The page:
In the latest of a long line of legal attacks on Tesla Motors by America’s car dealership associations, the Georgia Automobile Dealers Association has put forward a petition intended to stop the popular EV company from selling its vehicles direct to customers, and to revoke its license.
With the recent move, Georgia now joins the likes of Ohio, New York, New Jersey, Ohio, Missouri, Pennsylvania, etc, as a battleground between the (arguably) very outdated car dealership model of car sales and Tesla’s direct sales approach.
As far as why the dealerships are going after Tesla? Well the answer is obvious — they aren’t getting a cut. Or, perhaps to put it more accurately, they aren’t getting the chance to rip customers off with massive mark-ups.
Stockwise Daily provides more:
Representative of 500 dealerships, GADA, a name for Georgia Automobile Dealers Association, has submitted a petition wherein it has requested that not only should the brand be stopped from selling its Model S from its outlet at Marietta but that its license should also be revoked. At the core of the grievance is that fact that Tesla Motors, instead of limiting their sales to 150 cars as required by state rules, sold as many as 173 units.
While Tesla Motors’ spokesperson, Liz Jarvis-Shean, declined to comment on this latest development, representative of the Georgia Dealers’ Agency, Nick Genesi, provided confirmation on the filing of the petition. In spite of the latest development, Tesla’s stock touched a record high of $269.70 since its IPO in June, 2010, thus registering an overall increase of 79% during this year alone.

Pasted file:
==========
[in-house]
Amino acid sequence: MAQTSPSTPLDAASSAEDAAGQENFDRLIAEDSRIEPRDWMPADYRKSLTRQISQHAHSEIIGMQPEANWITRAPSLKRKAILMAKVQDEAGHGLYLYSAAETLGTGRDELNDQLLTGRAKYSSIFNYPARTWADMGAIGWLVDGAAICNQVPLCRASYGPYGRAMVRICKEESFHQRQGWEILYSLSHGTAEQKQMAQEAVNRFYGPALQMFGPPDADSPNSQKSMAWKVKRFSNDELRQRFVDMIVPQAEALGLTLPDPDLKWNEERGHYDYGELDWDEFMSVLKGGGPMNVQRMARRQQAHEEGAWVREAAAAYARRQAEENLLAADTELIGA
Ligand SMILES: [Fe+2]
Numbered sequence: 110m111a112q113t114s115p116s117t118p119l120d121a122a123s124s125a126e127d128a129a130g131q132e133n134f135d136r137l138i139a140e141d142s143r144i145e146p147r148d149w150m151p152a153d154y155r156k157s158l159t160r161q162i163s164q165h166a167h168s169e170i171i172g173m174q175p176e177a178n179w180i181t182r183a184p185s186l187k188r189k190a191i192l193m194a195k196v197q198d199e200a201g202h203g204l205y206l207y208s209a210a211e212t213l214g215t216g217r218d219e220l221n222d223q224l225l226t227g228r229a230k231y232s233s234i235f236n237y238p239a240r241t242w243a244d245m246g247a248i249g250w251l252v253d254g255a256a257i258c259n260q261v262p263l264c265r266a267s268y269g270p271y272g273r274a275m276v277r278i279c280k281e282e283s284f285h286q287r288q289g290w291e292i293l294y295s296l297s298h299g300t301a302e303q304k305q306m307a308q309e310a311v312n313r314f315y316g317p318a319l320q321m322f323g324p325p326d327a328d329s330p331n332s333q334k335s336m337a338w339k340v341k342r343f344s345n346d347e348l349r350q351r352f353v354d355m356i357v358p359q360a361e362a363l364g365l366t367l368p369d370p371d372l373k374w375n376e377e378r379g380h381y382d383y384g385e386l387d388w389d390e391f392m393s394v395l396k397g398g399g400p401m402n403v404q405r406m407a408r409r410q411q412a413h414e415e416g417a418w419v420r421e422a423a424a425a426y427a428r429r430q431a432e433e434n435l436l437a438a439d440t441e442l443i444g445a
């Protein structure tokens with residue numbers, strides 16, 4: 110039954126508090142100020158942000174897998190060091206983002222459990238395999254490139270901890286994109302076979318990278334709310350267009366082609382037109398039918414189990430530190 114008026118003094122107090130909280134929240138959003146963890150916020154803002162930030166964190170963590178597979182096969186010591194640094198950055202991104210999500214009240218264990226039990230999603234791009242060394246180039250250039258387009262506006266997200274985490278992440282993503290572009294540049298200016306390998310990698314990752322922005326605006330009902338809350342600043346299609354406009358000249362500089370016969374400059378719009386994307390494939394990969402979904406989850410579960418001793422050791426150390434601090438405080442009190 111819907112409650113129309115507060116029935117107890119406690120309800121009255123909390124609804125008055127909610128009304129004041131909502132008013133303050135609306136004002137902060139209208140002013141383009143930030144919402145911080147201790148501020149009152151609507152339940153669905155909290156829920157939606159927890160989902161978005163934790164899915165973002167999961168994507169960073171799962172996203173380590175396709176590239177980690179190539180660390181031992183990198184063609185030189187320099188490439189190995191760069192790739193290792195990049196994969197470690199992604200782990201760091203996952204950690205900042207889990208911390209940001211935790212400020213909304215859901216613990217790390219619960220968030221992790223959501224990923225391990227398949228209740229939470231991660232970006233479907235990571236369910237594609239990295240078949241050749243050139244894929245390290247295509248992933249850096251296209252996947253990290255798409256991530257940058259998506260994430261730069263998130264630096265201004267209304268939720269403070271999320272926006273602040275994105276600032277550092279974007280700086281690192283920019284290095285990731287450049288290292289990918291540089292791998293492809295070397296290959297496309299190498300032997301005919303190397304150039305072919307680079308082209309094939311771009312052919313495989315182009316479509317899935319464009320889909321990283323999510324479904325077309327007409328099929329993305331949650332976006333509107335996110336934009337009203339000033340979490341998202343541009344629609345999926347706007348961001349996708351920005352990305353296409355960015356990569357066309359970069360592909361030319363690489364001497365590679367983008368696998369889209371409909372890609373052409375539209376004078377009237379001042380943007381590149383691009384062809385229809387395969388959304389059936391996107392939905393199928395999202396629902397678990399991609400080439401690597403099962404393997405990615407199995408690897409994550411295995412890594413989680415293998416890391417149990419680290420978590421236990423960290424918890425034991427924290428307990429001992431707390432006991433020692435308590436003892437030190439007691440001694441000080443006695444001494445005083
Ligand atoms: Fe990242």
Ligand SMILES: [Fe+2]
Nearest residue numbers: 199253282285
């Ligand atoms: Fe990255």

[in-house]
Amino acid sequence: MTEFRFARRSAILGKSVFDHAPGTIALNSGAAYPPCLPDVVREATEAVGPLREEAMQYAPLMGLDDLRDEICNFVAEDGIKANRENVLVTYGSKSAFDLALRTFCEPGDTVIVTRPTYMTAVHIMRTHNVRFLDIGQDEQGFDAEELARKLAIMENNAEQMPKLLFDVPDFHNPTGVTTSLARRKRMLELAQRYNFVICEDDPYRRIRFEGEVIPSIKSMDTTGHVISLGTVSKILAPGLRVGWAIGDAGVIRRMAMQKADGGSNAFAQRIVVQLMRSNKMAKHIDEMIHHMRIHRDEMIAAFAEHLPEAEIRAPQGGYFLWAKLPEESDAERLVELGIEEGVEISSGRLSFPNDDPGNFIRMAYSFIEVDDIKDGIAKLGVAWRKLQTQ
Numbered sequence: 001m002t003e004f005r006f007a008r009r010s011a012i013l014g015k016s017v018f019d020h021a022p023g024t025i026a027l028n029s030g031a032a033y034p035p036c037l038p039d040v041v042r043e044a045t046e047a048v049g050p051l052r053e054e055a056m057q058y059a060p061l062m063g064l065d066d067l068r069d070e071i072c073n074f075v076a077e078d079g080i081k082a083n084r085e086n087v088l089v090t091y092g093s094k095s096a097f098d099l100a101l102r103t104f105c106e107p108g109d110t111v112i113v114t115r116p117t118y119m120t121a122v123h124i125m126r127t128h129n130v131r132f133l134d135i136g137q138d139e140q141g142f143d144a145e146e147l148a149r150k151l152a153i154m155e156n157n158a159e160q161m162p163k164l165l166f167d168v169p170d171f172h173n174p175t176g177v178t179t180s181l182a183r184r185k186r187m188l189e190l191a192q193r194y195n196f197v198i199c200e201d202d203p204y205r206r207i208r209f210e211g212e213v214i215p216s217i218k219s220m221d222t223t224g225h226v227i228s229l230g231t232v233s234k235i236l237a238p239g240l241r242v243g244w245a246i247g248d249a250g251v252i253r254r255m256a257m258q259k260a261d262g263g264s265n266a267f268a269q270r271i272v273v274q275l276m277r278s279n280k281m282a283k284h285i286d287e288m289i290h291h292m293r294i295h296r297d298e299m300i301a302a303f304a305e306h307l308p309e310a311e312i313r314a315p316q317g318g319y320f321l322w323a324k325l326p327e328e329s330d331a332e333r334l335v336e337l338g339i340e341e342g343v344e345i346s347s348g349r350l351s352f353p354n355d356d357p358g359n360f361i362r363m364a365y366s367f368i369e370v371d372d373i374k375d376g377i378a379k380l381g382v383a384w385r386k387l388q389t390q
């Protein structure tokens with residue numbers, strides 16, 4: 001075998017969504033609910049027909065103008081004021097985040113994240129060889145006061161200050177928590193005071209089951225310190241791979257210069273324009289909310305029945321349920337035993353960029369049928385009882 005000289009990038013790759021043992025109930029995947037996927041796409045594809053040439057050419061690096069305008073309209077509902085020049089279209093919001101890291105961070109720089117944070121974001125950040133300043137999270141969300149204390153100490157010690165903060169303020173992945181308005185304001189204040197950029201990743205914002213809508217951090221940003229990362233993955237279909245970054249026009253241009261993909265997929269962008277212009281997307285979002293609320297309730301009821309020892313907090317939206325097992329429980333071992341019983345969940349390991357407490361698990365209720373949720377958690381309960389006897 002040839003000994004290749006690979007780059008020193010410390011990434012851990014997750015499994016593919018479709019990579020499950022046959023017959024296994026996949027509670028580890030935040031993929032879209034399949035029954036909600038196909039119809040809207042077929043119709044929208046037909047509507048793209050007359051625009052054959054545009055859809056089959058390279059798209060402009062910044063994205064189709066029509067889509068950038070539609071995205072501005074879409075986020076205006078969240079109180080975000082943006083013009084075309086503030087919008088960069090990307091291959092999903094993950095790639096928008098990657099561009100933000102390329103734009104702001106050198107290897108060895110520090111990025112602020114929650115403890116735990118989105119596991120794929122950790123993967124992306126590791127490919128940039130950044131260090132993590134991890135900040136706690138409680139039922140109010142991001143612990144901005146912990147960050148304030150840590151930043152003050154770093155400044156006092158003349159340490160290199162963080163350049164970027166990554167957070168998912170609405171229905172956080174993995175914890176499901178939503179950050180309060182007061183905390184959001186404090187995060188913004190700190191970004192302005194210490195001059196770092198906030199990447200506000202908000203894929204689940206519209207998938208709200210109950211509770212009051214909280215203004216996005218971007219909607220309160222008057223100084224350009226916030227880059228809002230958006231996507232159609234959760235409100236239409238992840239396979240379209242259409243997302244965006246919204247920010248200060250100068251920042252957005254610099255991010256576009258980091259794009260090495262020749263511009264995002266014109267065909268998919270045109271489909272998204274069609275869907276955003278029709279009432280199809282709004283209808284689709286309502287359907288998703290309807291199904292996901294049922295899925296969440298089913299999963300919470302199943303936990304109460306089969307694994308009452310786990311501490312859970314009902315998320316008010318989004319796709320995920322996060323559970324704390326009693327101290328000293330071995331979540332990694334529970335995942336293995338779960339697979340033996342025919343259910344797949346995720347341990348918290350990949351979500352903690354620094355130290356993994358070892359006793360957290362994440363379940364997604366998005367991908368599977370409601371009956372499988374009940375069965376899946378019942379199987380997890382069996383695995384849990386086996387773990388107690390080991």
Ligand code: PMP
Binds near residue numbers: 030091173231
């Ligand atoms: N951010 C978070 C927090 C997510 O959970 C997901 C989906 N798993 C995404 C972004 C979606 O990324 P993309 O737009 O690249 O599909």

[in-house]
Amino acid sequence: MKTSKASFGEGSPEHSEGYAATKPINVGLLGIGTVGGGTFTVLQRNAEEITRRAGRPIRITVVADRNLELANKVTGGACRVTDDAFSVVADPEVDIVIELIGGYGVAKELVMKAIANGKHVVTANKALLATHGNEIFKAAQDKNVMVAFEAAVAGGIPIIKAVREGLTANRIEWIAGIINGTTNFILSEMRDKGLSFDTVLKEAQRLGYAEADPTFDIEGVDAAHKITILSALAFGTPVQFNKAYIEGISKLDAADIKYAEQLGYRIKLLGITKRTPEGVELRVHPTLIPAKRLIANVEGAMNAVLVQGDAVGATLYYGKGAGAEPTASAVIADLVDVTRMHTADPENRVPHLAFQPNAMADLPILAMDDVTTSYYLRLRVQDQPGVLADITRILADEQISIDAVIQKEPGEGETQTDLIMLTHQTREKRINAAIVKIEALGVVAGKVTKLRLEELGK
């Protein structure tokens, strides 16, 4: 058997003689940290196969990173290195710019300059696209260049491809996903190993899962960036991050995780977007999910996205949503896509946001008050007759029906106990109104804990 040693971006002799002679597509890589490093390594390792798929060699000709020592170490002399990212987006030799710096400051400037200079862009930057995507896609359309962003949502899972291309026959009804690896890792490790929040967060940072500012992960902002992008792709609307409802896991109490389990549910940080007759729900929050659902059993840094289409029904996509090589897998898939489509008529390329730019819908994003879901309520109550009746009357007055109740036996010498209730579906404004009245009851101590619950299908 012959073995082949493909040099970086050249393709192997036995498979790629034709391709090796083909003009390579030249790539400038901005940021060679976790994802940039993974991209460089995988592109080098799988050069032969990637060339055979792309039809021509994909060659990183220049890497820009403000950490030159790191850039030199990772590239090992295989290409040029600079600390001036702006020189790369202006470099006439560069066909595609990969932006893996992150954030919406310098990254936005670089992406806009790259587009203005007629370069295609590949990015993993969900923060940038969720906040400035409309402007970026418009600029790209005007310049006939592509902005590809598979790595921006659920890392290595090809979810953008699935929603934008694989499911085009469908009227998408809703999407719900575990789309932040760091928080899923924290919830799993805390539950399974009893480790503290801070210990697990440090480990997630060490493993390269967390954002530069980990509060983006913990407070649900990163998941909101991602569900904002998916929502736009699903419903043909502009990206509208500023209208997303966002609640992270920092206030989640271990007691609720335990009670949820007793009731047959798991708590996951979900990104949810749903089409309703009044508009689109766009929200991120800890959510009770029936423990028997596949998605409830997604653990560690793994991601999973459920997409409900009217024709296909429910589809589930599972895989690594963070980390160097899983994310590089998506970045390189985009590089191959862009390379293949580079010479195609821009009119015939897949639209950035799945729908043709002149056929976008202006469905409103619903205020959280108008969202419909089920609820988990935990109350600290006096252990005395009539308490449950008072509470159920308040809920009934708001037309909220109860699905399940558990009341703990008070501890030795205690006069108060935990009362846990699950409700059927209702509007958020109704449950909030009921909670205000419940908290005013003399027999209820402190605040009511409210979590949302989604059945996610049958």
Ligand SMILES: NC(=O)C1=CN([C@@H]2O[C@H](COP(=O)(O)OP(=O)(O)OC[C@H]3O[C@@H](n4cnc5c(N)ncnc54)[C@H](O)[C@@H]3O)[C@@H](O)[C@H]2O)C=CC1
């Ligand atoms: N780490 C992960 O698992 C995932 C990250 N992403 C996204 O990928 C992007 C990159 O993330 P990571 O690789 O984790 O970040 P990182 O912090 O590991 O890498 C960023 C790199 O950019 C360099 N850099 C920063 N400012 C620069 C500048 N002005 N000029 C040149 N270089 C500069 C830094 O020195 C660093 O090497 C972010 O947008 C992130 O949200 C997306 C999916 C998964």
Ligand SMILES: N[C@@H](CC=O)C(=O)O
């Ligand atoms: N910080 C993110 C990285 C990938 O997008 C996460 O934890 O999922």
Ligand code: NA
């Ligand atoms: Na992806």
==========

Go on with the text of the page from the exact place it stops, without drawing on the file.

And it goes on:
Eric Ibara, a senior analyst for Kelly Blue Book, made the following comment on the development: “It’s difficult to find fault in the dealers association point that manufacturers should adhere to the existing laws. With the success of the Model S and the prospect of future Tesla products, it’s also not hard to envision a groundswell of Georgia voters petitioning their lawmakers into allowing for the sale of these cars in their state.”
Of course while said developments have the potential to impact US sales in some ways, the fact of the matter is that Tesla probably doesn’t have much to worry about. With strong sales in most US markets and growing sales in overseas markets like China, the company seems to be in a pretty solid position.
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